Well, then. LOVE AND LOSS AND OTHER IMPORTANT STUFF hits the shelves today, which means I am now the author of a poetry collection. I still find this an extraordinary thing to be able to say, so forgive me for sounding a bit excited.
Oh, and I don’t think I’ve blogged yet about the extraordinary cover.
In case you’re wondering how it came about, this is what happened. A few weeks back, Adam at Silhouette Press emailed me to ask if I had any ideas about a design. My response was that I was really hopeless at this kind of thing, so hopeless in fact that my PRIMARY REASON for never wanting to self-publish was to avoid responsibility for a cover design.
But I threw out a couple of vague ideas as follows:
Just wondering if some kind of combination of Cupid and Death might fit the theme of Love and Loss, and I was wondering if you could either have Cupid perched daintily on top of a skull, or Death leaning over Cupid’s shoulder trying to spoil his aim.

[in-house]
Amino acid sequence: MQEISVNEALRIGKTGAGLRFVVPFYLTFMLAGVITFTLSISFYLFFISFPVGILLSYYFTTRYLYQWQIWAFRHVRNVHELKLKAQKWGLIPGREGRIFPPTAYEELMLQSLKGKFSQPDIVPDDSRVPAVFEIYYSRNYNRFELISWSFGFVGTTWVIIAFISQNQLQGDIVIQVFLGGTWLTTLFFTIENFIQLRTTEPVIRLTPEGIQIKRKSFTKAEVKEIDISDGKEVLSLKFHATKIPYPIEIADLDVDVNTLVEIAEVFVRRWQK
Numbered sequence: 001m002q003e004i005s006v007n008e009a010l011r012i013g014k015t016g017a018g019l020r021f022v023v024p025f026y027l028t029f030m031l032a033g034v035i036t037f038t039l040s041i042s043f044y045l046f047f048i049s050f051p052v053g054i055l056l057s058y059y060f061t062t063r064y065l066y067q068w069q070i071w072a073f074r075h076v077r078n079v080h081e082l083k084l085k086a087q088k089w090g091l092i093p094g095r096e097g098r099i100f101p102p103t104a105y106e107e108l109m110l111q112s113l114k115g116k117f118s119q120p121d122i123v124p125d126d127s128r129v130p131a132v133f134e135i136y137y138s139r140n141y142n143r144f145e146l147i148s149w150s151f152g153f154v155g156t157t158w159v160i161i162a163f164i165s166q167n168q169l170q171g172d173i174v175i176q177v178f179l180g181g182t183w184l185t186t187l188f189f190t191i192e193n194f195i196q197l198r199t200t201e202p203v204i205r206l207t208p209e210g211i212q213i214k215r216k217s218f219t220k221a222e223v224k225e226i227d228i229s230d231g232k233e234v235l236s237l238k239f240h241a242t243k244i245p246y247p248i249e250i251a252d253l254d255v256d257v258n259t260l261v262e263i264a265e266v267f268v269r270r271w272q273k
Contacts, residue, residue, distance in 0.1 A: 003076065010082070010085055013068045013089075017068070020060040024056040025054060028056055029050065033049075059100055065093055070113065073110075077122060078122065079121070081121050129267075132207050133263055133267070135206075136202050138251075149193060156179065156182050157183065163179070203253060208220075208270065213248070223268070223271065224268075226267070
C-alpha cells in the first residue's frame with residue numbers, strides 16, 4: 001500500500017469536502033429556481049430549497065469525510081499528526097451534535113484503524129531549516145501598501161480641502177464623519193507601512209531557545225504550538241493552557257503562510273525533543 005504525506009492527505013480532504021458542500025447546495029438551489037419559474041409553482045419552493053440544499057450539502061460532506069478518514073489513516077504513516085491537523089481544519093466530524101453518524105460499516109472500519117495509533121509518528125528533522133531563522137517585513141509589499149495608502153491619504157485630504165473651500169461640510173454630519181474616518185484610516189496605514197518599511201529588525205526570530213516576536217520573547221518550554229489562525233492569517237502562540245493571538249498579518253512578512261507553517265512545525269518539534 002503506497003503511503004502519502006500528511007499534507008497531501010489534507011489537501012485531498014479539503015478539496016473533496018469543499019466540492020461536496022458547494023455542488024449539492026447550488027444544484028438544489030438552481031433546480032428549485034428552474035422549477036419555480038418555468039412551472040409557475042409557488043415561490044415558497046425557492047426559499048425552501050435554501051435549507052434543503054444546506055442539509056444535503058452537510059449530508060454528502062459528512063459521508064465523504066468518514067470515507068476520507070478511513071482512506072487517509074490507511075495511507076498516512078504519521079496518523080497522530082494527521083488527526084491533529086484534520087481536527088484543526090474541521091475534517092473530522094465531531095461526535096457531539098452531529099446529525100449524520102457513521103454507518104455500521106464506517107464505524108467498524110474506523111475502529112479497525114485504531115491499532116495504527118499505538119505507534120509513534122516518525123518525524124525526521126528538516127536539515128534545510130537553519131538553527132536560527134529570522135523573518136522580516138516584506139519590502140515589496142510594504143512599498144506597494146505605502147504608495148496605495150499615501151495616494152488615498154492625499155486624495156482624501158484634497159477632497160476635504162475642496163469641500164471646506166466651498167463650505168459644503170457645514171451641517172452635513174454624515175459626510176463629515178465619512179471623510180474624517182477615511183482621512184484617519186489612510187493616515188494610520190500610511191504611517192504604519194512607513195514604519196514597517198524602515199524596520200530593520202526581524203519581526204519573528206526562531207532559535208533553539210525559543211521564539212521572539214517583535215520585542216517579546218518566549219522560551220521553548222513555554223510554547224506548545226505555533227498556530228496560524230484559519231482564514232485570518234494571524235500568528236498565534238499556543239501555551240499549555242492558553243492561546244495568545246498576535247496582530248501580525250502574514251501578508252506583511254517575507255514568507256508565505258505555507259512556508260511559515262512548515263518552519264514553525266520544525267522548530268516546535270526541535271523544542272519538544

Either of which would have been equally terrible. But sometimes when you chuck out the germ of an idea, someone way more talented picks it up and runs with it, and after a small amount of back and forth, we ended up with this:
which is absolutely perfect. I think the barcode on the rose is a touch of genius.
So there we are. The book is out there. The launch is next Tuesday and you’re all welcome to come along (details here). As soon as I have more information on how/where to buy it, I’ll put them on the website, somewhere under this page.
Woah. Look at me. A bloody poet.
Well, here’s some news that I’ve been sitting on for some time – since last June in fact. I’m very pleased to announce that, contrary to what you may have been thinking, I have not one but two new books in the pipeline. Regular readers of this blog (yeah, maybe the use of the plural there was a little ambitious) will be aware that my short story collection, DIP FLASH, will be appearing next year, courtesy of Cultured Llama.